MIRANDA AT 40: APPLICATIONS IN A POST-ENRON, POST-9/11 WORLD
Chapman University School of Law
Friday, January 26, 2007
The Honorable Edwin Meese III, Heritage Foundation Chairman of the Center for Legal and Judicial Studies and former U.S. Attorney General under President Ronald Reagan.
In 2000, the Supreme Court "re-affirmed" the validity of Miranda v. Arizona in Dickerson v. United States, which held that Congress lacked the authority to overrule Miranda through legislation because Miranda announced a constitutional rule. Since then, new issues have emerged on the Miranda landscape. While the Miranda decision has been with us for 40 years, there are constantly evolving situations in which its relevance and power continue to be tested. This Symposium explores questions such as:
- whether Miranda applies to terrorism interrogations conducted abroad (as a district court held that it did in United States v. Bin Laden) and whether Miranda applies to so-called enemy combatants
- whether the depictions of Miranda on television and other media are accurate and to what extent do they influence, or are influenced by, real-life criminal procedure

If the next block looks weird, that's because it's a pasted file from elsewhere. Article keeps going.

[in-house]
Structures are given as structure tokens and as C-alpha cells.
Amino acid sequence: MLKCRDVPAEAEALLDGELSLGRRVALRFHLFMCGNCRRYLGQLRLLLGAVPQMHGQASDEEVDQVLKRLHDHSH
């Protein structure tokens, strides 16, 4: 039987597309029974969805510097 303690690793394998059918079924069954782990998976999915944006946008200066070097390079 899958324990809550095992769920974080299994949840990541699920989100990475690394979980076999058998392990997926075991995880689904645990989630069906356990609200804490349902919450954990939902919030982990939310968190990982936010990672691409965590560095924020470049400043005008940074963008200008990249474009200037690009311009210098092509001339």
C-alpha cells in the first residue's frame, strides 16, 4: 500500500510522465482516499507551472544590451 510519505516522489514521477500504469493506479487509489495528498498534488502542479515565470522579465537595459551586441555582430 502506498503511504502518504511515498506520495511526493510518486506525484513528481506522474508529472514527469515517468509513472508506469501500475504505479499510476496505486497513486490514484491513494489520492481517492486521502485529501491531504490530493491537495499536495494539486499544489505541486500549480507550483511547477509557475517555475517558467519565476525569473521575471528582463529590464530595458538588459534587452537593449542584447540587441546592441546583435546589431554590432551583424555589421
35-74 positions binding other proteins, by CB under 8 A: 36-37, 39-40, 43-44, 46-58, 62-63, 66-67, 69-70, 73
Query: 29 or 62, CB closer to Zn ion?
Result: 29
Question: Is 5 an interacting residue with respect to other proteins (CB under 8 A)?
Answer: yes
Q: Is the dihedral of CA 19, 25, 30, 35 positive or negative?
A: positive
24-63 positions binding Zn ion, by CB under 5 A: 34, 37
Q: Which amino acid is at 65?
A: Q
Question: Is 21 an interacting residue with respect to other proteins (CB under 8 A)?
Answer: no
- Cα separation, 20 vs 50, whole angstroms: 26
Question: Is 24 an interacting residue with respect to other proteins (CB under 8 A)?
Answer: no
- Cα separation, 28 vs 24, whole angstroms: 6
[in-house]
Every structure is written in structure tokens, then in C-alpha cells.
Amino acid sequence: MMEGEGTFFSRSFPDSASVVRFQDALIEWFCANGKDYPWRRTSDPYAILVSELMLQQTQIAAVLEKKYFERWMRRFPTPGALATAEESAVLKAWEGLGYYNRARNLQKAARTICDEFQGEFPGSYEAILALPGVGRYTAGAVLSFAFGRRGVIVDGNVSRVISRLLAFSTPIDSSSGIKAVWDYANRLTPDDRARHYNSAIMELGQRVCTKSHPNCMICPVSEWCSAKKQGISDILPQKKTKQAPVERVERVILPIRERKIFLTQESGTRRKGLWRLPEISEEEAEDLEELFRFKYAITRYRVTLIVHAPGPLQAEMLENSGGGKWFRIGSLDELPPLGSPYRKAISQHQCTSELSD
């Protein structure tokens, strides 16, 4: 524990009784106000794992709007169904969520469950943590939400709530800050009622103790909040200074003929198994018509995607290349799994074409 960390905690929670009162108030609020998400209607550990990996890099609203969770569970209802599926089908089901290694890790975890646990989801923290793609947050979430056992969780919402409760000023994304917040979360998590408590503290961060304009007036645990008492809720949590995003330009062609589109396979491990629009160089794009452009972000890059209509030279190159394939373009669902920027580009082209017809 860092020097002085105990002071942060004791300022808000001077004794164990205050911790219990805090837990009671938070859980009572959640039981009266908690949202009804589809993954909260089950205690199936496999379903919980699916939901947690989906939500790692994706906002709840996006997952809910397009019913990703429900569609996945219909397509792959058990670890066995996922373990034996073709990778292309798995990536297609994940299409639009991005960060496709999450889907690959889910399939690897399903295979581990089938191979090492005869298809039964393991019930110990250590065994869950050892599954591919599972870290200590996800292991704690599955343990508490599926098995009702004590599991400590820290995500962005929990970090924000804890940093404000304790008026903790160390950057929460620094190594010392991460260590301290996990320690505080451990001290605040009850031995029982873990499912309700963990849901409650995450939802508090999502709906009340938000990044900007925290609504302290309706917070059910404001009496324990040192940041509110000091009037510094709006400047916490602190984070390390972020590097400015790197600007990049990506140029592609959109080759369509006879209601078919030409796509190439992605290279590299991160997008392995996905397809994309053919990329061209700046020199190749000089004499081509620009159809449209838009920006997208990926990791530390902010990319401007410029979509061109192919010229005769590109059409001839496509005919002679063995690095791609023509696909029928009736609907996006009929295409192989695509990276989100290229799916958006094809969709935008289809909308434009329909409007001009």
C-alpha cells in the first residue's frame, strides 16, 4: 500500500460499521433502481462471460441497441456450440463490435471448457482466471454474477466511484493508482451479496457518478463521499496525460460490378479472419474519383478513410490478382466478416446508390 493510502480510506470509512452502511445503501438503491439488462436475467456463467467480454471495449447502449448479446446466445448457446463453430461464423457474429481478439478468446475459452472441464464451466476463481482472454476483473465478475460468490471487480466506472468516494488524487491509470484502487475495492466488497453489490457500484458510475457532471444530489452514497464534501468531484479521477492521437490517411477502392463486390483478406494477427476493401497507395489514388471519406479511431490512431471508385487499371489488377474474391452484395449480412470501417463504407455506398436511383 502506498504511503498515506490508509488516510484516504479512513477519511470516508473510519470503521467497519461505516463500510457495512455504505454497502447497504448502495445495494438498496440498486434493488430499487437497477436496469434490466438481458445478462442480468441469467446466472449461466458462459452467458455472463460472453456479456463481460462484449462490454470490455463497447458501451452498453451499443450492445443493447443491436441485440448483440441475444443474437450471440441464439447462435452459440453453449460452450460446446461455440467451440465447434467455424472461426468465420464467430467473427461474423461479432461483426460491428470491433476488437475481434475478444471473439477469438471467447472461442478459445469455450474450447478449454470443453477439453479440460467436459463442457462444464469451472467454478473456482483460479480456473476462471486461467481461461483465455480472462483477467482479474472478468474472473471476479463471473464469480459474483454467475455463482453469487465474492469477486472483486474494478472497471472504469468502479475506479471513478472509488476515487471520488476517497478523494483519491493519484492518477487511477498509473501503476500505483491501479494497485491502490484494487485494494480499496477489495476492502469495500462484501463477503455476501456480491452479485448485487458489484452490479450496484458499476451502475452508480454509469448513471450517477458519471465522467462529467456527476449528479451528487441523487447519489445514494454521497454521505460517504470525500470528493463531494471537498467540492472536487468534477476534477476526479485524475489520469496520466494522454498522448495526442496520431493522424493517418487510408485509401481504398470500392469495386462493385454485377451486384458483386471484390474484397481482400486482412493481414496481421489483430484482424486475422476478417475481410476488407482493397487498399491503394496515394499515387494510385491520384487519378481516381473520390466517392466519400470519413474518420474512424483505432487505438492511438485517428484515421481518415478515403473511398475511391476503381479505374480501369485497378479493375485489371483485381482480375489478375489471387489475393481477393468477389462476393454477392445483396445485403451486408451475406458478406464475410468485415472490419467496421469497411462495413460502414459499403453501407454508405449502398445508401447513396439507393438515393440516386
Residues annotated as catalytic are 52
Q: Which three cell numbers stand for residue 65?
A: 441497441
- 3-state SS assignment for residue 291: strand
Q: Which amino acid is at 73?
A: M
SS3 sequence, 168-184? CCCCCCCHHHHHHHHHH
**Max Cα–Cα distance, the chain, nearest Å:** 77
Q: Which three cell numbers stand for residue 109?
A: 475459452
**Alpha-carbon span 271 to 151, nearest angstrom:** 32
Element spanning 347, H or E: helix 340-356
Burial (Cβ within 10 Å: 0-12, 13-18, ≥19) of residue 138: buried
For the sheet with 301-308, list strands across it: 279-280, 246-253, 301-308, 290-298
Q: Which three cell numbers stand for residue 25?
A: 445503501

- whether Miranda effectively shields the innocent in modern practice
- whether Sarbanes-Oxley, enacted in the wake of tremendous corporate scandals, has imposed obligations on corporate insiders to cooperate with government investigators in a way that intrudes on the right against self-incrimination.
Sponsored in part by:
GIBSON, DUNN & CRUTCHER LLP
PAUL, HASTINGS, WALKER & JANOFSKY LLP
For more information, please see the attached brochure.
|Friday, January 26th|
Tim Kowal, Editor-in-Chief, Chapman Law Review
Miranda S. Cianciarulo, Chapman University
Sherri Burr, Chapman University
Edwin Meese III
Donald J. Kochan, Chapman University, Fowler School of Law
Henry N. Butler, Chapman University